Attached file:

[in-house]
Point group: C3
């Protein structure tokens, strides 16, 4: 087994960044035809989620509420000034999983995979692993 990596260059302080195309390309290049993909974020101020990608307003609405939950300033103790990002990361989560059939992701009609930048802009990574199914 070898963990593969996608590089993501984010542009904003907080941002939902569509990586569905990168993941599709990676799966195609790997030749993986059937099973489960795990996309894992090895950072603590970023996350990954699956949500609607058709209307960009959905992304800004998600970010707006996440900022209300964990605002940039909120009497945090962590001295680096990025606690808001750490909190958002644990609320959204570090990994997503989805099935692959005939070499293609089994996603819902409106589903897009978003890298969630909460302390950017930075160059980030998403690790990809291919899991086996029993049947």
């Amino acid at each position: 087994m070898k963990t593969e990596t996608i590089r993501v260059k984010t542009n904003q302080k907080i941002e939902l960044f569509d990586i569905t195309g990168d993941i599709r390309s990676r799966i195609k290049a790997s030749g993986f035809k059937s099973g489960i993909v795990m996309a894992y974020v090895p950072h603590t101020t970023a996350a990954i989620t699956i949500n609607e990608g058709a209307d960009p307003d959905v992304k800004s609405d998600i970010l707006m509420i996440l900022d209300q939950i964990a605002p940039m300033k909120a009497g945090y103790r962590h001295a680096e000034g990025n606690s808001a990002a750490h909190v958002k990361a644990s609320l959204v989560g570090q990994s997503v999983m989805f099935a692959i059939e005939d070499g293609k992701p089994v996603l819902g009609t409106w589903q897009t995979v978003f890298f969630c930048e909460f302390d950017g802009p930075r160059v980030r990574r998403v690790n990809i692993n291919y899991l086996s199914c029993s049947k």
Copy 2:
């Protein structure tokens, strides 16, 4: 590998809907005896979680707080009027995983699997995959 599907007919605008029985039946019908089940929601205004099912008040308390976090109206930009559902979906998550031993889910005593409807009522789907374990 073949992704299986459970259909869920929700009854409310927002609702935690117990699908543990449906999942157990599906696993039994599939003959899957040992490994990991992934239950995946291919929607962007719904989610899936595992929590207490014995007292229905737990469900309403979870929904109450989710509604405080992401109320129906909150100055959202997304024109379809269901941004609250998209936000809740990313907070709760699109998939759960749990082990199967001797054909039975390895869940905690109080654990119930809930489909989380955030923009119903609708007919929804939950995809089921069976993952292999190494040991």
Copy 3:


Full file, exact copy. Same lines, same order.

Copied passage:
[in-house]
Point group: C3
């Protein structure tokens, strides 16, 4: 087994960044035809989620509420000034999983995979692993 990596260059302080195309390309290049993909974020101020990608307003609405939950300033103790990002990361989560059939992701009609930048802009990574199914 070898963990593969996608590089993501984010542009904003907080941002939902569509990586569905990168993941599709990676799966195609790997030749993986059937099973489960795990996309894992090895950072603590970023996350990954699956949500609607058709209307960009959905992304800004998600970010707006996440900022209300964990605002940039909120009497945090962590001295680096990025606690808001750490909190958002644990609320959204570090990994997503989805099935692959005939070499293609089994996603819902409106589903897009978003890298969630909460302390950017930075160059980030998403690790990809291919899991086996029993049947």
């Amino acid at each position: 087994m070898k963990t593969e990596t996608i590089r993501v260059k984010t542009n904003q302080k907080i941002e939902l960044f569509d990586i569905t195309g990168d993941i599709r390309s990676r799966i195609k290049a790997s030749g993986f035809k059937s099973g489960i993909v795990m996309a894992y974020v090895p950072h603590t101020t970023a996350a990954i989620t699956i949500n609607e990608g058709a209307d960009p307003d959905v992304k800004s609405d998600i970010l707006m509420i996440l900022d209300q939950i964990a605002p940039m300033k909120a009497g945090y103790r962590h001295a680096e000034g990025n606690s808001a990002a750490h909190v958002k990361a644990s609320l959204v989560g570090q990994s997503v999983m989805f099935a692959i059939e005939d070499g293609k992701p089994v996603l819902g009609t409106w589903q897009t995979v978003f890298f969630c930048e909460f302390d950017g802009p930075r160059v980030r990574r998403v690790n990809i692993n291919y899991l086996s199914c029993s049947k």
Copy 2:
């Protein structure tokens, strides 16, 4: 590998809907005896979680707080009027995983699997995959 599907007919605008029985039946019908089940929601205004099912008040308390976090109206930009559902979906998550031993889910005593409807009522789907374990 073949992704299986459970259909869920929700009854409310927002609702935690117990699908543990449906999942157990599906696993039994599939003959899957040992490994990991992934239950995946291919929607962007719904989610899936595992929590207490014995007292229905737990469900309403979870929904109450989710509604405080992401109320129906909150100055959202997304024109379809269901941004609250998209936000809740990313907070709760699109998939759960749990082990199967001797054909039975390895869940905690109080654990119930809930489909989380955030923009119903609708007919929804939950995809089921069976993952292999190494040991």
Copy 3: